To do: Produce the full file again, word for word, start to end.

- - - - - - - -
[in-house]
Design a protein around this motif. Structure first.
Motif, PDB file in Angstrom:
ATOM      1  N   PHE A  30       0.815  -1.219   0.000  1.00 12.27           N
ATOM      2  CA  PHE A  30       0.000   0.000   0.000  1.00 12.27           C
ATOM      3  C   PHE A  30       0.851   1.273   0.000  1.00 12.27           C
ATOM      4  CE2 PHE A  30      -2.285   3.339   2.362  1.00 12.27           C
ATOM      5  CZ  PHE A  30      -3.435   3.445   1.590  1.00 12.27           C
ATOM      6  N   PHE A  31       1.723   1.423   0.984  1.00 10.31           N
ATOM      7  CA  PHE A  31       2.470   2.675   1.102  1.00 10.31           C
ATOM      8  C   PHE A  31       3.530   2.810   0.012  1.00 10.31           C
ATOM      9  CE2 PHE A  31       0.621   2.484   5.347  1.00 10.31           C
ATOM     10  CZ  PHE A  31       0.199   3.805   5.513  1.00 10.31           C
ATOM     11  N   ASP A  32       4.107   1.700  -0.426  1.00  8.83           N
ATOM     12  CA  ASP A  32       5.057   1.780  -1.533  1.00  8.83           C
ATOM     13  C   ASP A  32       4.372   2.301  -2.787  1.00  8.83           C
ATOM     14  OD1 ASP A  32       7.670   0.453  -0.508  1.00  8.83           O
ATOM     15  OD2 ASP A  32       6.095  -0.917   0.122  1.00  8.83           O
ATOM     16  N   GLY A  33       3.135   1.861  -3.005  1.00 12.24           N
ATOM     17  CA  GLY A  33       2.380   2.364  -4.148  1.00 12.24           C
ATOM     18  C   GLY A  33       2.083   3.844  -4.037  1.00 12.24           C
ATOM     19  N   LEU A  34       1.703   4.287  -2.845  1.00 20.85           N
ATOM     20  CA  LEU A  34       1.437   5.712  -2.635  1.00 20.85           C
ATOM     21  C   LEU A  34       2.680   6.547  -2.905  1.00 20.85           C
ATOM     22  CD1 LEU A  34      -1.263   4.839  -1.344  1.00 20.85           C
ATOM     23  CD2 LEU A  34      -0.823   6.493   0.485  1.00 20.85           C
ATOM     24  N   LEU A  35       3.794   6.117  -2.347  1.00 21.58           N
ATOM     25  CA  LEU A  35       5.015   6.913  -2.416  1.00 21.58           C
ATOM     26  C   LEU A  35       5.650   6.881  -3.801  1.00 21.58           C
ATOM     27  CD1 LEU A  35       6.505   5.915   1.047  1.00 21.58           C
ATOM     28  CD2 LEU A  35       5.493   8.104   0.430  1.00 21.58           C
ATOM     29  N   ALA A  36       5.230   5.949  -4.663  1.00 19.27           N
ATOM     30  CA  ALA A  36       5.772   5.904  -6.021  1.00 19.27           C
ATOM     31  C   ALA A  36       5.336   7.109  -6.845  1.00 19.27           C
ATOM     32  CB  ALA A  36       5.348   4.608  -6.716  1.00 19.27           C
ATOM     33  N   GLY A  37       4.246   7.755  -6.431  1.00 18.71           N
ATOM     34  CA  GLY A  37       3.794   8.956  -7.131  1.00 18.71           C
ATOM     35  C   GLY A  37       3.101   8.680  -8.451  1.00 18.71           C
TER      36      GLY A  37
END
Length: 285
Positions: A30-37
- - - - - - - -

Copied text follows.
[in-house]
Design a protein around this motif. Structure first.
Motif, PDB file in Angstrom:
ATOM      1  N   PHE A  30       0.815  -1.219   0.000  1.00 12.27           N
ATOM      2  CA  PHE A  30       0.000   0.000   0.000  1.00 12.27           C
ATOM      3  C   PHE A  30       0.851   1.273   0.000  1.00 12.27           C
ATOM      4  CE2 PHE A  30      -2.285   3.339   2.362  1.00 12.27           C
ATOM      5  CZ  PHE A  30      -3.435   3.445   1.590  1.00 12.27           C
ATOM      6  N   PHE A  31       1.723   1.423   0.984  1.00 10.31           N
ATOM      7  CA  PHE A  31       2.470   2.675   1.102  1.00 10.31           C
ATOM      8  C   PHE A  31       3.530   2.810   0.012  1.00 10.31           C
ATOM      9  CE2 PHE A  31       0.621   2.484   5.347  1.00 10.31           C
ATOM     10  CZ  PHE A  31       0.199   3.805   5.513  1.00 10.31           C
ATOM     11  N   ASP A  32       4.107   1.700  -0.426  1.00  8.83           N
ATOM     12  CA  ASP A  32       5.057   1.780  -1.533  1.00  8.83           C
ATOM     13  C   ASP A  32       4.372   2.301  -2.787  1.00  8.83           C
ATOM     14  OD1 ASP A  32       7.670   0.453  -0.508  1.00  8.83           O
ATOM     15  OD2 ASP A  32       6.095  -0.917   0.122  1.00  8.83           O
ATOM     16  N   GLY A  33       3.135   1.861  -3.005  1.00 12.24           N
ATOM     17  CA  GLY A  33       2.380   2.364  -4.148  1.00 12.24           C
ATOM     18  C   GLY A  33       2.083   3.844  -4.037  1.00 12.24           C
ATOM     19  N   LEU A  34       1.703   4.287  -2.845  1.00 20.85           N
ATOM     20  CA  LEU A  34       1.437   5.712  -2.635  1.00 20.85           C
ATOM     21  C   LEU A  34       2.680   6.547  -2.905  1.00 20.85           C
ATOM     22  CD1 LEU A  34      -1.263   4.839  -1.344  1.00 20.85           C
ATOM     23  CD2 LEU A  34      -0.823   6.493   0.485  1.00 20.85           C
ATOM     24  N   LEU A  35       3.794   6.117  -2.347  1.00 21.58           N
ATOM     25  CA  LEU A  35       5.015   6.913  -2.416  1.00 21.58           C
ATOM     26  C   LEU A  35       5.650   6.881  -3.801  1.00 21.58           C
ATOM     27  CD1 LEU A  35       6.505   5.915   1.047  1.00 21.58           C
ATOM     28  CD2 LEU A  35       5.493   8.104   0.430  1.00 21.58           C
ATOM     29  N   ALA A  36       5.230   5.949  -4.663  1.00 19.27           N
ATOM     30  CA  ALA A  36       5.772   5.904  -6.021  1.00 19.27           C
ATOM     31  C   ALA A  36       5.336   7.109  -6.845  1.00 19.27           C
ATOM     32  CB  ALA A  36       5.348   4.608  -6.716  1.00 19.27           C
ATOM     33  N   GLY A  37       4.246   7.755  -6.431  1.00 18.71           N
ATOM     34  CA  GLY A  37       3.794   8.956  -7.131  1.00 18.71           C
ATOM     35  C   GLY A  37       3.101   8.680  -8.451  1.00 18.71           C
TER      36      GLY A  37
END
Length: 285
Positions: A30-37